In a recent protest against China’s colonial boarding school system in occupied Tibet, which has split up nearly 1 million Tibetan children between the ages of 6 and 18, the National Congress, US-Tibet Committee, Students for Free Tibet (SFT), Chushi Gangdruk NYNJ, and other non-governmental organizations participated, according to media reports.
According to Phayul, the protesters demanded that the Chinese Communist Party close the state-run colonial boarding schools in occupied Tibet.
When explaining the differences between boarding schools in occupied Tibet and those in the free world, including those run by Tibetan exiles, Pema Gyal, a researcher at Tibet Watch, said, “The boarding schools in exile set-up differ in many ways than the ones in occupied Tibet.”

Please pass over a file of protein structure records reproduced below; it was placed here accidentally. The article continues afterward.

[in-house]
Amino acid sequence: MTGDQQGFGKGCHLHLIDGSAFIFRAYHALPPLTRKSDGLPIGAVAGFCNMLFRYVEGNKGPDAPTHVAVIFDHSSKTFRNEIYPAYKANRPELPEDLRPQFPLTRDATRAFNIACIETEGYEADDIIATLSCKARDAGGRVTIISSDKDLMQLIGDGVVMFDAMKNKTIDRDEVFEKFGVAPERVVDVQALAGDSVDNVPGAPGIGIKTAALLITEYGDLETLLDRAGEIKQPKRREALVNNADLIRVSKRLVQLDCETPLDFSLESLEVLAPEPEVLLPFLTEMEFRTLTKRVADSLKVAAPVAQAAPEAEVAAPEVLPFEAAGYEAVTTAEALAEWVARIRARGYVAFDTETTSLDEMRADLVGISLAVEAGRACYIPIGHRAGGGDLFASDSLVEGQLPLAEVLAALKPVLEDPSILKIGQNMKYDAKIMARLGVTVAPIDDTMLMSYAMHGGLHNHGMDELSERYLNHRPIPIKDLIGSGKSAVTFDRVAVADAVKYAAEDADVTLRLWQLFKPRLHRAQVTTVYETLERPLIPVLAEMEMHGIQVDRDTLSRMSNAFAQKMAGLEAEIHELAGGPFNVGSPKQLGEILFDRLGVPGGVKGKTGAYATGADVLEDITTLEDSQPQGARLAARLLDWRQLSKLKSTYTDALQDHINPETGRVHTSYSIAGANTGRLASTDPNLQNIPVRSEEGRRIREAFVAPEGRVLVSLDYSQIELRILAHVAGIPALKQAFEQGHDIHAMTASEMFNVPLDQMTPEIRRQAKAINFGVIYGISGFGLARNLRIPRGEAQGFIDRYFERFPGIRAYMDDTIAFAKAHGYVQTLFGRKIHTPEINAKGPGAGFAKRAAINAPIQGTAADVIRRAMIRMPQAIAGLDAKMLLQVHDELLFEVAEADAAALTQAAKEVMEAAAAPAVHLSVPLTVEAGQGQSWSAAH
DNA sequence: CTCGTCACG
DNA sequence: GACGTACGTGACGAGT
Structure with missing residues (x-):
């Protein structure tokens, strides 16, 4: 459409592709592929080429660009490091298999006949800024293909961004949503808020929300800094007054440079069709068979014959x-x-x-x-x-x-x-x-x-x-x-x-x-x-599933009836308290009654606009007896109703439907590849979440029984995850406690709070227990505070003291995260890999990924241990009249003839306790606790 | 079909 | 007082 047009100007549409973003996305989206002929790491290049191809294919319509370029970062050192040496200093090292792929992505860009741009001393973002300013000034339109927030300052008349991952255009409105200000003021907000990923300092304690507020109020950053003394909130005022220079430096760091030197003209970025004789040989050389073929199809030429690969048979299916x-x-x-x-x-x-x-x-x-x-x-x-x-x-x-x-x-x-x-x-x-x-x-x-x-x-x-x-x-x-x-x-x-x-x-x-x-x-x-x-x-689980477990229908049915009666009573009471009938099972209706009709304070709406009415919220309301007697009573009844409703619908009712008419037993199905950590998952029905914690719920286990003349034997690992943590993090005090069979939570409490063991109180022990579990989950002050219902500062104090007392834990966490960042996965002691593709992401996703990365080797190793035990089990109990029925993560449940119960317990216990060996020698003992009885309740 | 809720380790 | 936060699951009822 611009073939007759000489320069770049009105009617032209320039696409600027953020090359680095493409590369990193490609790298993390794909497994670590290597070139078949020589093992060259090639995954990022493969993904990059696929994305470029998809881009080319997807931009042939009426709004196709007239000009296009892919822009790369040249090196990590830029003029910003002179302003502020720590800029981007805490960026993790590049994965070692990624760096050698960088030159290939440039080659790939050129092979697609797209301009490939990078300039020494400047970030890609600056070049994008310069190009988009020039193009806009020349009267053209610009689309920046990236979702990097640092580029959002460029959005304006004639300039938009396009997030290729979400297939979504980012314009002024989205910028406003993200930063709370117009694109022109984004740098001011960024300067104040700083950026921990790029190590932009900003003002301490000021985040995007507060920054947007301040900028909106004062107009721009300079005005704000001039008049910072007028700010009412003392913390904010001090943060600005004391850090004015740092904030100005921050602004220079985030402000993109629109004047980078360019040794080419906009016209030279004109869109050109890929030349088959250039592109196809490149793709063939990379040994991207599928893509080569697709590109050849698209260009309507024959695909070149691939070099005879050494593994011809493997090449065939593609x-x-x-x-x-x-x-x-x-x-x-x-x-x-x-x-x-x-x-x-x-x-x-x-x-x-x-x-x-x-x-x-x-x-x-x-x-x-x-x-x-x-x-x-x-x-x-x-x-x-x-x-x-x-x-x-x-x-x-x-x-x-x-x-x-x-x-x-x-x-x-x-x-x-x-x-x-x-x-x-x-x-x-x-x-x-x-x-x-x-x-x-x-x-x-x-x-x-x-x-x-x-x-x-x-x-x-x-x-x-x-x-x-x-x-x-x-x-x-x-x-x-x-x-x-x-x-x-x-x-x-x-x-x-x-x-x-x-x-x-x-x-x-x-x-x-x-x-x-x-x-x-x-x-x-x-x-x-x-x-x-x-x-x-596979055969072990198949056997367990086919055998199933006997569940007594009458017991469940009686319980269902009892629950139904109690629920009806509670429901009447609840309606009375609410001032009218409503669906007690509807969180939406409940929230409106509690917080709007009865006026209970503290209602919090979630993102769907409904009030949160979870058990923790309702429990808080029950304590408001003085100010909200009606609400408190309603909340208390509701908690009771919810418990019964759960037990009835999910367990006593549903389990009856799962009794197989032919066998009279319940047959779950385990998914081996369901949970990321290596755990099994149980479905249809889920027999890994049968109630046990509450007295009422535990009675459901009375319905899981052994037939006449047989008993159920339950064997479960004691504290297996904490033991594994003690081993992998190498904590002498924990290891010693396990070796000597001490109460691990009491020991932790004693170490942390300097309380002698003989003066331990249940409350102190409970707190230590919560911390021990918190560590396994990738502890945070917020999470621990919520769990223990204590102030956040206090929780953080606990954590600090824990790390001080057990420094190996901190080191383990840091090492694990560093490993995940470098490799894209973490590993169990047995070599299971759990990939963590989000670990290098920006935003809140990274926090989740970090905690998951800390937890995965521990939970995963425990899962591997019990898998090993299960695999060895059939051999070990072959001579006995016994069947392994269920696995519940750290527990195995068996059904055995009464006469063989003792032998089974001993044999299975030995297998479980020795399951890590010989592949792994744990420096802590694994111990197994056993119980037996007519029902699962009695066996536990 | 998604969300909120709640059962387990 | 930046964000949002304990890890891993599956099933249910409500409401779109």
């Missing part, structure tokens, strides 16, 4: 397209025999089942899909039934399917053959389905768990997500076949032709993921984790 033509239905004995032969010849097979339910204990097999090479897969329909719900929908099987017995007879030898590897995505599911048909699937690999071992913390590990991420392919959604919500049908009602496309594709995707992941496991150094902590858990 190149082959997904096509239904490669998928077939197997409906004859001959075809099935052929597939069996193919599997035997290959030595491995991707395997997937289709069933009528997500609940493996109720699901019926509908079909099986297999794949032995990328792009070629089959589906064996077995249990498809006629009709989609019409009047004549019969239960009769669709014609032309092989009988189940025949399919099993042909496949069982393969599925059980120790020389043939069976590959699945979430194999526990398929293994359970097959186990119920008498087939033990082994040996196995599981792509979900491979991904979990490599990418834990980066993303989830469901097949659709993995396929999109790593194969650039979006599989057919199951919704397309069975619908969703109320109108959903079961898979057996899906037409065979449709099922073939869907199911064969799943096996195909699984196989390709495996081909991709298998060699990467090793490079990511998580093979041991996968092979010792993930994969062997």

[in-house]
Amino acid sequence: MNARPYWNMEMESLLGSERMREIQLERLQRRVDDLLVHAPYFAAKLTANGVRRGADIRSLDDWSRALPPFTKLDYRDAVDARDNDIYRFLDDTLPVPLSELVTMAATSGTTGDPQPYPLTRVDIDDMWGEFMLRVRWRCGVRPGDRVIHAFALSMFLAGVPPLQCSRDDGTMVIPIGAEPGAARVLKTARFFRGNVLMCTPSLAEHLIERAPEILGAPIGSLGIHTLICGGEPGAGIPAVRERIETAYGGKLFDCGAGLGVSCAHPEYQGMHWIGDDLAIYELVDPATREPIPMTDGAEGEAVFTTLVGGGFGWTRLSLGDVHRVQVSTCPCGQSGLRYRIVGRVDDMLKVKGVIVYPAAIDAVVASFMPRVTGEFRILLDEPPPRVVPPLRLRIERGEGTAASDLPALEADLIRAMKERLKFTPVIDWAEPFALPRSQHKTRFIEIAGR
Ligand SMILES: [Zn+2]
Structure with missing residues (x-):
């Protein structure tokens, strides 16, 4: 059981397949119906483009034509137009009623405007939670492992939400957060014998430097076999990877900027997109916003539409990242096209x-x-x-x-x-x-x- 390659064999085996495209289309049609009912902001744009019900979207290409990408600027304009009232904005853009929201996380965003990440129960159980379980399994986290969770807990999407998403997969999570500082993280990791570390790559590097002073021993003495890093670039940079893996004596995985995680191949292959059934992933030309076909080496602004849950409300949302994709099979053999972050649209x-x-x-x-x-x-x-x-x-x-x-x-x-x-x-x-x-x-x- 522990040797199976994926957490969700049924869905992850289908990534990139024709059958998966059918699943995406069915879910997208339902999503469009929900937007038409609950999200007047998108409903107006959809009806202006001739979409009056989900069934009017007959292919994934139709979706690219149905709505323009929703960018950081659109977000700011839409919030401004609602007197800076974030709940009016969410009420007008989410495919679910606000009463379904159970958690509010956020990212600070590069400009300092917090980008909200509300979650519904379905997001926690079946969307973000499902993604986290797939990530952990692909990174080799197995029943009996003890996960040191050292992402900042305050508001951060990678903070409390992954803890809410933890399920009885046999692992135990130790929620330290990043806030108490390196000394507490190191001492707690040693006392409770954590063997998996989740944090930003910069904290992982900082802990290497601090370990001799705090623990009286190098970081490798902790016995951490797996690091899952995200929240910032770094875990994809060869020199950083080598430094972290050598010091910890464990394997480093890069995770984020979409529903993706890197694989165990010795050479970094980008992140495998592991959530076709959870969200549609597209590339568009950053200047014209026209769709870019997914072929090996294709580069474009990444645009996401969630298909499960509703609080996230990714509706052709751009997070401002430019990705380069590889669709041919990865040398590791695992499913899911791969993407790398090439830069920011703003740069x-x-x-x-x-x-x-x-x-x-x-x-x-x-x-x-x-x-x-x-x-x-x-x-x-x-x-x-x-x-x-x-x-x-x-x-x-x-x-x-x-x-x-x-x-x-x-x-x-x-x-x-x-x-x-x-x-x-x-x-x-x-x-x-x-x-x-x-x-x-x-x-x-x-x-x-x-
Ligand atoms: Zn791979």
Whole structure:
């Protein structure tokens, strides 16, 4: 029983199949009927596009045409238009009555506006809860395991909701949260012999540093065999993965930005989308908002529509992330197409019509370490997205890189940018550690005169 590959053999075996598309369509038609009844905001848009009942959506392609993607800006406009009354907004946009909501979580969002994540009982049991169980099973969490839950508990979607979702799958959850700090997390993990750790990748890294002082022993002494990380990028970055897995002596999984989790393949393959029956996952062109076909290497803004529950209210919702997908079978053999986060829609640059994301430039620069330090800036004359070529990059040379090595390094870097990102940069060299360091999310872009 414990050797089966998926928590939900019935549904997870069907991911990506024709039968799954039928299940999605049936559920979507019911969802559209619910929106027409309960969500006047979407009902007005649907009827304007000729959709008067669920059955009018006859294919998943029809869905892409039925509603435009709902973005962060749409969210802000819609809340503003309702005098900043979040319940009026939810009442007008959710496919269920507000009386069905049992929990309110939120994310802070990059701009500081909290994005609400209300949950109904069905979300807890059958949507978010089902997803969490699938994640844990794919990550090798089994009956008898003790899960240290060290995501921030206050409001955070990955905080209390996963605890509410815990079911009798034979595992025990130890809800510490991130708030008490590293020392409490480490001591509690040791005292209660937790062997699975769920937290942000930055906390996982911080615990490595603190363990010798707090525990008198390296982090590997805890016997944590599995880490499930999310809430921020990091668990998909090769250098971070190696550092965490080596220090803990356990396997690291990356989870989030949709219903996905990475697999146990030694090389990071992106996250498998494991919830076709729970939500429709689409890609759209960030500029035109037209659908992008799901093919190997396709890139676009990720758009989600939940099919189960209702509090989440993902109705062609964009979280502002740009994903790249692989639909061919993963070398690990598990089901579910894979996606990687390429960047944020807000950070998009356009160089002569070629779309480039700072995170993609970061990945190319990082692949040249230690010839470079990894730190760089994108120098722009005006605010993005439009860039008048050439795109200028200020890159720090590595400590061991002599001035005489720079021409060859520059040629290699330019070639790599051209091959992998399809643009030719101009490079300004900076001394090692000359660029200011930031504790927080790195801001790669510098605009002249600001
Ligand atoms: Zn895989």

Tibetan students studying in exile boarding schools enjoy both freedom and the right to education and language, but Tibetan children in occupied Tibet are compelled to attend a vast network of colonial boarding schools where they are subjected to harsh restrictions and regulations.
Pema Gyal said, “The Chinese party-state seeks to brainwash innocent Tibetan students by imposing party propaganda via China’s coercive boarding school system with an ultimate goal to eliminate all that makes Tibetans a Tibetan.
According to Nyima Woeser, a researcher at the Tibetan Centre for Human Rights and Democracy (TCHRD), “Under the Chinese colonial boarding school, children as young as 4 to 5 are separated from their parents or family members by reducing contact,” he expressed similar concerns. Putonghua (Mandarin Chinese) is the primary language of instruction in these institutions, therefore both public and private schools use it.